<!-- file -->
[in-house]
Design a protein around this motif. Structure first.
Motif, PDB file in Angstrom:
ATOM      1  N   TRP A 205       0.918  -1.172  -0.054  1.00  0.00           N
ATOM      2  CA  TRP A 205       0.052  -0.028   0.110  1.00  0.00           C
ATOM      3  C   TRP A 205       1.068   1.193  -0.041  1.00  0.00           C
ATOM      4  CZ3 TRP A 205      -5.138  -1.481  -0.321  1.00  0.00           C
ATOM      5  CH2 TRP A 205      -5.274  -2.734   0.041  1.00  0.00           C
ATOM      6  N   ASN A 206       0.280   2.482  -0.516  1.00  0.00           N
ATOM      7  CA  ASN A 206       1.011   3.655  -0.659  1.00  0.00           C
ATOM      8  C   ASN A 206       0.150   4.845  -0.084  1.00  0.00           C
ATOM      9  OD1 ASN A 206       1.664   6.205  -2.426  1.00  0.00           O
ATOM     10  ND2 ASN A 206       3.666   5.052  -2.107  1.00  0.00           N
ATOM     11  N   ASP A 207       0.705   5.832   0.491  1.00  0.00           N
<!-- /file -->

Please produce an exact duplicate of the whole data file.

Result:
[in-house]
Design a protein around this motif. Structure first.
Motif, PDB file in Angstrom:
ATOM      1  N   TRP A 205       0.918  -1.172  -0.054  1.00  0.00           N
ATOM      2  CA  TRP A 205       0.052  -0.028   0.110  1.00  0.00           C
ATOM      3  C   TRP A 205       1.068   1.193  -0.041  1.00  0.00           C
ATOM      4  CZ3 TRP A 205      -5.138  -1.481  -0.321  1.00  0.00           C
ATOM      5  CH2 TRP A 205      -5.274  -2.734   0.041  1.00  0.00           C
ATOM      6  N   ASN A 206       0.280   2.482  -0.516  1.00  0.00           N
ATOM      7  CA  ASN A 206       1.011   3.655  -0.659  1.00  0.00           C
ATOM      8  C   ASN A 206       0.150   4.845  -0.084  1.00  0.00           C
ATOM      9  OD1 ASN A 206       1.664   6.205  -2.426  1.00  0.00           O
ATOM     10  ND2 ASN A 206       3.666   5.052  -2.107  1.00  0.00           N
ATOM     11  N   ASP A 207       0.705   5.832   0.491  1.00  0.00           N